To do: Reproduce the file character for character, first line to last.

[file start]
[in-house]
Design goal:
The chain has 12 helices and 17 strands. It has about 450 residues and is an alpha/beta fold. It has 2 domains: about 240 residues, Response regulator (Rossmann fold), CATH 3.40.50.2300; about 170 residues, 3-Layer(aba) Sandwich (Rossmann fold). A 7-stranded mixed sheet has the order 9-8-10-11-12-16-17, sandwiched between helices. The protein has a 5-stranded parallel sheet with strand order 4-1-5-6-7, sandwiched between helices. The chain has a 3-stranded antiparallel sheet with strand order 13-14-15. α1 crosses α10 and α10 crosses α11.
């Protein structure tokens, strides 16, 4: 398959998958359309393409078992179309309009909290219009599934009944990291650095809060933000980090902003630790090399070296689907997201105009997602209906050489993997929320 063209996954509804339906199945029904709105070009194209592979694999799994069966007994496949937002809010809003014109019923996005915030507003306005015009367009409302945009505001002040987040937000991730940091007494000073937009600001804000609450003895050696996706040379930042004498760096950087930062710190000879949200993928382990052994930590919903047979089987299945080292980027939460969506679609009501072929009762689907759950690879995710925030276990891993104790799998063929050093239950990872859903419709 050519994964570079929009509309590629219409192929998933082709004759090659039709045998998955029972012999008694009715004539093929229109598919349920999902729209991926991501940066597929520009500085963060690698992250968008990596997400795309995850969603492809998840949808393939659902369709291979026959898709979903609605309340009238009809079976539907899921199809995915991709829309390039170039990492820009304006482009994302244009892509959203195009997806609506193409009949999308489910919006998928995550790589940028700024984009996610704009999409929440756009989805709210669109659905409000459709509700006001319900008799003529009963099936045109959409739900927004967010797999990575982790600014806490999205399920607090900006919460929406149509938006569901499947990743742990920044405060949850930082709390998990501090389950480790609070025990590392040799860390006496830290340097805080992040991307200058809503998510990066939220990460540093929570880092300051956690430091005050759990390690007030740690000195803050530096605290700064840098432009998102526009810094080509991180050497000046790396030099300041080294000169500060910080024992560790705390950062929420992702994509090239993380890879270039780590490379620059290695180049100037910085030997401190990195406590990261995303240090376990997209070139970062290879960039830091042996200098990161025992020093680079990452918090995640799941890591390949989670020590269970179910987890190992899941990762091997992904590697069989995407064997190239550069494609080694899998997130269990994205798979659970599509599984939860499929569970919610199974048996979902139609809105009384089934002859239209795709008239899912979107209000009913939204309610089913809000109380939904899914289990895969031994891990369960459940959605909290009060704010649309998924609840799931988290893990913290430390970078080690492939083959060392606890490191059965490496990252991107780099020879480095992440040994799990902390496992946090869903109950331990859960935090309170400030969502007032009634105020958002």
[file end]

[in-house]
Design goal:
The chain has 12 helices and 17 strands. It has about 450 residues and is an alpha/beta fold. It has 2 domains: about 240 residues, Response regulator (Rossmann fold), CATH 3.40.50.2300; about 170 residues, 3-Layer(aba) Sandwich (Rossmann fold). A 7-stranded mixed sheet has the order 9-8-10-11-12-16-17, sandwiched between helices. The protein has a 5-stranded parallel sheet with strand order 4-1-5-6-7, sandwiched between helices. The chain has a 3-stranded antiparallel sheet with strand order 13-14-15. α1 crosses α10 and α10 crosses α11.
């Protein structure tokens, strides 16, 4: 398959998958359309393409078992179309309009909290219009599934009944990291650095809060933000980090902003630790090399070296689907997201105009997602209906050489993997929320 063209996954509804339906199945029904709105070009194209592979694999799994069966007994496949937002809010809003014109019923996005915030507003306005015009367009409302945009505001002040987040937000991730940091007494000073937009600001804000609450003895050696996706040379930042004498760096950087930062710190000879949200993928382990052994930590919903047979089987299945080292980027939460969506679609009501072929009762689907759950690879995710925030276990891993104790799998063929050093239950990872859903419709 050519994964570079929009509309590629219409192929998933082709004759090659039709045998998955029972012999008694009715004539093929229109598919349920999902729209991926991501940066597929520009500085963060690698992250968008990596997400795309995850969603492809998840949808393939659902369709291979026959898709979903609605309340009238009809079976539907899921199809995915991709829309390039170039990492820009304006482009994302244009892509959203195009997806609506193409009949999308489910919006998928995550790589940028700024984009996610704009999409929440756009989805709210669109659905409000459709509700006001319900008799003529009963099936045109959409739900927004967010797999990575982790600014806490999205399920607090900006919460929406149509938006569901499947990743742990920044405060949850930082709390998990501090389950480790609070025990590392040799860390006496830290340097805080992040991307200058809503998510990066939220990460540093929570880092300051956690430091005050759990390690007030740690000195803050530096605290700064840098432009998102526009810094080509991180050497000046790396030099300041080294000169500060910080024992560790705390950062929420992702994509090239993380890879270039780590490379620059290695180049100037910085030997401190990195406590990261995303240090376990997209070139970062290879960039830091042996200098990161025992020093680079990452918090995640799941890591390949989670020590269970179910987890190992899941990762091997992904590697069989995407064997190239550069494609080694899998997130269990994205798979659970599509599984939860499929569970919610199974048996979902139609809105009384089934002859239209795709008239899912979107209000009913939204309610089913809000109380939904899914289990895969031994891990369960459940959605909290009060704010649309998924609840799931988290893990913290430390970078080690492939083959060392606890490191059965490496990252991107780099020879480095992440040994799990902390496992946090869903109950331990859960935090309170400030969502007032009634105020958002």